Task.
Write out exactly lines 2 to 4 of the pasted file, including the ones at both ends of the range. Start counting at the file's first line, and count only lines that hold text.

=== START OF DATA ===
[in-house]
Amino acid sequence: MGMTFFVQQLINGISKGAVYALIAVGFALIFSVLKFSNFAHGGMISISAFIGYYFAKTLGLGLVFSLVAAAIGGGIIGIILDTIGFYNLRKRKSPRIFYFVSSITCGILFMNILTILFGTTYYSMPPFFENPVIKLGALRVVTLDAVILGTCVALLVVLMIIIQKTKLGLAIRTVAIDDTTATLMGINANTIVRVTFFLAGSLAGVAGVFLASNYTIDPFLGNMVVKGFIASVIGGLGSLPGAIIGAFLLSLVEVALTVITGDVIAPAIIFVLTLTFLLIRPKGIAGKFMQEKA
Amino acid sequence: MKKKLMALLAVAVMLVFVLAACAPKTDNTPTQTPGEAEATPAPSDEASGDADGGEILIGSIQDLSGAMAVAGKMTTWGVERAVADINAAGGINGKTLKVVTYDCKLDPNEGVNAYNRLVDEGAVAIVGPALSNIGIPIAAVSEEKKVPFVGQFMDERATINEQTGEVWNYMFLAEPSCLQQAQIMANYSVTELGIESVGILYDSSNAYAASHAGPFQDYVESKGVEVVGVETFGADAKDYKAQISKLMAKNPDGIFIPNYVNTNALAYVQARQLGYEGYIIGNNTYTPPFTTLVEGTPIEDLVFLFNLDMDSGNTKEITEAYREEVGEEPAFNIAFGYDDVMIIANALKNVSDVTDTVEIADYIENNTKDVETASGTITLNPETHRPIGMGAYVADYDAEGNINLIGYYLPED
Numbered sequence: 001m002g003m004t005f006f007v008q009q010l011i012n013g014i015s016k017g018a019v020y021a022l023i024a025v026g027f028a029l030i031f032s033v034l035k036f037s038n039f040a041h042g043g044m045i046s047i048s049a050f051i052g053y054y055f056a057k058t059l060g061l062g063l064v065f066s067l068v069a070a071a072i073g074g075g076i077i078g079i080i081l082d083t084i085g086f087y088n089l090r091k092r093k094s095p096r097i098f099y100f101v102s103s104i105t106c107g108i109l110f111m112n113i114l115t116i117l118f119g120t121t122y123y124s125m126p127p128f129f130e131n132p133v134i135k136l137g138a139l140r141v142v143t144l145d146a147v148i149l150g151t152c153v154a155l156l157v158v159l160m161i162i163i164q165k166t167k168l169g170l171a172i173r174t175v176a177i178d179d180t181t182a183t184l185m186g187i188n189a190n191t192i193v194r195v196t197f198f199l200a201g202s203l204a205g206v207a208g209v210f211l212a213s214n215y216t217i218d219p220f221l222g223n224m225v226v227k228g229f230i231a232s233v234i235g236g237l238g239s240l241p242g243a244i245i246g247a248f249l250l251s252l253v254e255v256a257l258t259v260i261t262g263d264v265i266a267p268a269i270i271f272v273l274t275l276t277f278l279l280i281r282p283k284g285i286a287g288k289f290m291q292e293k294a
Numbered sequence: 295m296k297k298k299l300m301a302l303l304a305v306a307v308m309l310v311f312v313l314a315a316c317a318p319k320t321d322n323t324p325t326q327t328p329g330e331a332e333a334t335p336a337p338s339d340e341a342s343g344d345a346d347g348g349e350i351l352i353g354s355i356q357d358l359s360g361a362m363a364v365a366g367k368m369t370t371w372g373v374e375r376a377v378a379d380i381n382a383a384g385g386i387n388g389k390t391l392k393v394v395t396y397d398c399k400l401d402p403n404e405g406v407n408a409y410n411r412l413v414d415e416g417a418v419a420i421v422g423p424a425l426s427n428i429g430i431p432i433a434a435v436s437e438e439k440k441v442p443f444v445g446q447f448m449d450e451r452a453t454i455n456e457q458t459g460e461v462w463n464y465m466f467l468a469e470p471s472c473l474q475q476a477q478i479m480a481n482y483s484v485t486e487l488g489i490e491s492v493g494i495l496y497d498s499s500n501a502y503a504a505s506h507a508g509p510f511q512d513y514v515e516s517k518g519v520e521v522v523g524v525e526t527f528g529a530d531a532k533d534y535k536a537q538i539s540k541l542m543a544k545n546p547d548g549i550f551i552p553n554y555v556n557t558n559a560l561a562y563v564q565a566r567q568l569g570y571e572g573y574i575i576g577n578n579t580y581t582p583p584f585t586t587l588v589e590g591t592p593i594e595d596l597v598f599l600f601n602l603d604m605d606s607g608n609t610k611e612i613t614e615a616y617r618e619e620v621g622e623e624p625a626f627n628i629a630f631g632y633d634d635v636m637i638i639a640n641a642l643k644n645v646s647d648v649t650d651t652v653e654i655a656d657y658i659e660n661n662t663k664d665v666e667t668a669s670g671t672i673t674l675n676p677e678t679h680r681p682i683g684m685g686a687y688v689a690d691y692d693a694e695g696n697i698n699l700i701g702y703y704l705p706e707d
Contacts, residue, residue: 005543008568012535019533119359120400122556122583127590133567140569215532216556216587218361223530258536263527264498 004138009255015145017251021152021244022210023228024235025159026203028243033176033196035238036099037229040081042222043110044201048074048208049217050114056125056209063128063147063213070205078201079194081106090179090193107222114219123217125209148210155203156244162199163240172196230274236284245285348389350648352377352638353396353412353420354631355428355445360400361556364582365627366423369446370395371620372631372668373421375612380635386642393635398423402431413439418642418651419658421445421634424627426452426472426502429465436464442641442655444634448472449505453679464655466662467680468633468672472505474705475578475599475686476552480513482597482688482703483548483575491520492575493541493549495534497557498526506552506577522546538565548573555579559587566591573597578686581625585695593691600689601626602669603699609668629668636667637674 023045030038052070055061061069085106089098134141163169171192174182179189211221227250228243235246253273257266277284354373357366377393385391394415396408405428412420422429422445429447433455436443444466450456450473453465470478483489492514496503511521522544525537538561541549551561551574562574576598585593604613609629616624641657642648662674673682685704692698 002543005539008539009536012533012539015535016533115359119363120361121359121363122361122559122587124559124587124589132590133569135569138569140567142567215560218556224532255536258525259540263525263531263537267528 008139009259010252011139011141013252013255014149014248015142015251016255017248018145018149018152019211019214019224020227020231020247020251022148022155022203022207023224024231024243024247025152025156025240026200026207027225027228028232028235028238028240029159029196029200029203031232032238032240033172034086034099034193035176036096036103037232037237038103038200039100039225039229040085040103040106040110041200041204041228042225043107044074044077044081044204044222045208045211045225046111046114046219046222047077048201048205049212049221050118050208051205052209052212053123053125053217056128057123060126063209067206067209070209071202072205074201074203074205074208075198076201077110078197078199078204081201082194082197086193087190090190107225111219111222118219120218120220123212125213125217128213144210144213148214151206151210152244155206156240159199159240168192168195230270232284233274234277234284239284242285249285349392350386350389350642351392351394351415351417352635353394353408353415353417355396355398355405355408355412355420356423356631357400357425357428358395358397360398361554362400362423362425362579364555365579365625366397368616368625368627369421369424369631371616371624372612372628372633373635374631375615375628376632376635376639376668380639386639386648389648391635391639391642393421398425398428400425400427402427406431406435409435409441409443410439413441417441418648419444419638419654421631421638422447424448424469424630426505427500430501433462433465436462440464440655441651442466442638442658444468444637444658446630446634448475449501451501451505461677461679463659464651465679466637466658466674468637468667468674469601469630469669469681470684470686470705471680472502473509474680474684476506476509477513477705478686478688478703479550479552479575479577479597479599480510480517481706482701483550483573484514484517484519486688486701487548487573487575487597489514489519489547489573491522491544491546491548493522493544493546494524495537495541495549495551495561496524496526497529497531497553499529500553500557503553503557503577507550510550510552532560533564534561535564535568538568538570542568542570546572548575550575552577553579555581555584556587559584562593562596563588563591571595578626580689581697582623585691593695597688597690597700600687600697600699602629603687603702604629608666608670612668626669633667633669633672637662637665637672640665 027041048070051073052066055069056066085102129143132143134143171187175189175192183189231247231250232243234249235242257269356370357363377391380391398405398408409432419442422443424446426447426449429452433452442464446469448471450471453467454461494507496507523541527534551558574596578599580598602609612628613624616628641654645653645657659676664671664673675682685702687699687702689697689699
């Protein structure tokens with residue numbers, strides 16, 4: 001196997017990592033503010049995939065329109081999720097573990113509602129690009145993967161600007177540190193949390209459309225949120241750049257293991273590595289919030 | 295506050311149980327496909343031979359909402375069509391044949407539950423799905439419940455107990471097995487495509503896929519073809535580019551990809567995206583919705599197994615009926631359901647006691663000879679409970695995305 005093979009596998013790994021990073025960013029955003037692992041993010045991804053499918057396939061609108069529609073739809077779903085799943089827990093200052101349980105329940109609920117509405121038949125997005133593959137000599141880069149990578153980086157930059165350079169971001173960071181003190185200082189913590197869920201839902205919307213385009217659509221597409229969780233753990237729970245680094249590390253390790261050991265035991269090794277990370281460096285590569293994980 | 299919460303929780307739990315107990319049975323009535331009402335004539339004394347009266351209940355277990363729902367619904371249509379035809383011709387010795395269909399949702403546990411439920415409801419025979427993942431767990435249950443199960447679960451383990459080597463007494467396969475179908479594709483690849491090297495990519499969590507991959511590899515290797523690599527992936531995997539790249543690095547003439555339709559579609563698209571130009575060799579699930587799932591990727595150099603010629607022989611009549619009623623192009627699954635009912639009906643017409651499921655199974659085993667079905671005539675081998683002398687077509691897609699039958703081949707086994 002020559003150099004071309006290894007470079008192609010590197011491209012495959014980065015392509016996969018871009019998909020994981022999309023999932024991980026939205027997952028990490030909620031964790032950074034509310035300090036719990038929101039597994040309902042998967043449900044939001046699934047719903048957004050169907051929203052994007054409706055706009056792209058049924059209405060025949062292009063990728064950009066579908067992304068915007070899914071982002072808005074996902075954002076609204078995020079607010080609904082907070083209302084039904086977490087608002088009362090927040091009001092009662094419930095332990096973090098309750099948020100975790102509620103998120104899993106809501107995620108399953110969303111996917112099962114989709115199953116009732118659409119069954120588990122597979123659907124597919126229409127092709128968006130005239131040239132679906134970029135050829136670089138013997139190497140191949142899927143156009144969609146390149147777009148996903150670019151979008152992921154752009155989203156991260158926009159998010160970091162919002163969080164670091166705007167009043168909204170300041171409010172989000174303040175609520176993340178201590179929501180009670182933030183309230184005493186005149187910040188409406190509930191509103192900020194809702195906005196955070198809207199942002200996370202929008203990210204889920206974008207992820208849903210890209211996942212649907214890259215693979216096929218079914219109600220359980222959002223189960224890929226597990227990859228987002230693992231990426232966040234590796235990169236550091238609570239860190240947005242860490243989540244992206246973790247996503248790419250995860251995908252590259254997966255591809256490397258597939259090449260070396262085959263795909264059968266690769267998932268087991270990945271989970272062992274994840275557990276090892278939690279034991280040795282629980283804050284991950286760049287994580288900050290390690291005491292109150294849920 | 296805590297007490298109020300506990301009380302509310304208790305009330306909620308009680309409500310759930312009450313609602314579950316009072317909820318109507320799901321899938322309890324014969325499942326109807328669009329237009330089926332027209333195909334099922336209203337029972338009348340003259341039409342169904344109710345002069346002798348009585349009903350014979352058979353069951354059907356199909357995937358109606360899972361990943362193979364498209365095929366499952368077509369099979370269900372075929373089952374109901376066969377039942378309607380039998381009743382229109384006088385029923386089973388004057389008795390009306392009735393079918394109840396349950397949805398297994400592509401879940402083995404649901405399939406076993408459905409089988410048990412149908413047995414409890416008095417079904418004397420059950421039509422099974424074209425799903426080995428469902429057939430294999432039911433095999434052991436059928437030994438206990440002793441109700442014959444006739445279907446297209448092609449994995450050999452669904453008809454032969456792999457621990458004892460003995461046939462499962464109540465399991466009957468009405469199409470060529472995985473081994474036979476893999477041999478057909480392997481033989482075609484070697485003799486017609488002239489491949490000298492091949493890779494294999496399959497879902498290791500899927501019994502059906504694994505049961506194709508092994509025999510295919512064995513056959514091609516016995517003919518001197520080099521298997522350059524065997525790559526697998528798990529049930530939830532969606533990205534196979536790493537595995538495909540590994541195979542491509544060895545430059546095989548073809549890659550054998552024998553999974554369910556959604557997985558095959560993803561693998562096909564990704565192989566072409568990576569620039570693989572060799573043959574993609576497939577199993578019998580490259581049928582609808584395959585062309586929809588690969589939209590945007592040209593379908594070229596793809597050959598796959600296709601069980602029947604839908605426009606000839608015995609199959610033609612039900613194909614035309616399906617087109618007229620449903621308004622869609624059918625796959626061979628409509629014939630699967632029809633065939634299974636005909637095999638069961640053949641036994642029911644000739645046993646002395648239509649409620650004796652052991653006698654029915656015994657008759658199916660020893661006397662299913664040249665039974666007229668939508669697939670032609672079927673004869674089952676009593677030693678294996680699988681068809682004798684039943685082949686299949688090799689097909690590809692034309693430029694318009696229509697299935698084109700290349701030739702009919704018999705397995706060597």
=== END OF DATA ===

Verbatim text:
Amino acid sequence: MGMTFFVQQLINGISKGAVYALIAVGFALIFSVLKFSNFAHGGMISISAFIGYYFAKTLGLGLVFSLVAAAIGGGIIGIILDTIGFYNLRKRKSPRIFYFVSSITCGILFMNILTILFGTTYYSMPPFFENPVIKLGALRVVTLDAVILGTCVALLVVLMIIIQKTKLGLAIRTVAIDDTTATLMGINANTIVRVTFFLAGSLAGVAGVFLASNYTIDPFLGNMVVKGFIASVIGGLGSLPGAIIGAFLLSLVEVALTVITGDVIAPAIIFVLTLTFLLIRPKGIAGKFMQEKA
Amino acid sequence: MKKKLMALLAVAVMLVFVLAACAPKTDNTPTQTPGEAEATPAPSDEASGDADGGEILIGSIQDLSGAMAVAGKMTTWGVERAVADINAAGGINGKTLKVVTYDCKLDPNEGVNAYNRLVDEGAVAIVGPALSNIGIPIAAVSEEKKVPFVGQFMDERATINEQTGEVWNYMFLAEPSCLQQAQIMANYSVTELGIESVGILYDSSNAYAASHAGPFQDYVESKGVEVVGVETFGADAKDYKAQISKLMAKNPDGIFIPNYVNTNALAYVQARQLGYEGYIIGNNTYTPPFTTLVEGTPIEDLVFLFNLDMDSGNTKEITEAYREEVGEEPAFNIAFGYDDVMIIANALKNVSDVTDTVEIADYIENNTKDVETASGTITLNPETHRPIGMGAYVADYDAEGNINLIGYYLPED
Numbered sequence: 001m002g003m004t005f006f007v008q009q010l011i012n013g014i015s016k017g018a019v020y021a022l023i024a025v026g027f028a029l030i031f032s033v034l035k036f037s038n039f040a041h042g043g044m045i046s047i048s049a050f051i052g053y054y055f056a057k058t059l060g061l062g063l064v065f066s067l068v069a070a071a072i073g074g075g076i077i078g079i080i081l082d083t084i085g086f087y088n089l090r091k092r093k094s095p096r097i098f099y100f101v102s103s104i105t106c107g108i109l110f111m112n113i114l115t116i117l118f119g120t121t122y123y124s125m126p127p128f129f130e131n132p133v134i135k136l137g138a139l140r141v142v143t144l145d146a147v148i149l150g151t152c153v154a155l156l157v158v159l160m161i162i163i164q165k166t167k168l169g170l171a172i173r174t175v176a177i178d179d180t181t182a183t184l185m186g187i188n189a190n191t192i193v194r195v196t197f198f199l200a201g202s203l204a205g206v207a208g209v210f211l212a213s214n215y216t217i218d219p220f221l222g223n224m225v226v227k228g229f230i231a232s233v234i235g236g237l238g239s240l241p242g243a244i245i246g247a248f249l250l251s252l253v254e255v256a257l258t259v260i261t262g263d264v265i266a267p268a269i270i271f272v273l274t275l276t277f278l279l280i281r282p283k284g285i286a287g288k289f290m291q292e293k294a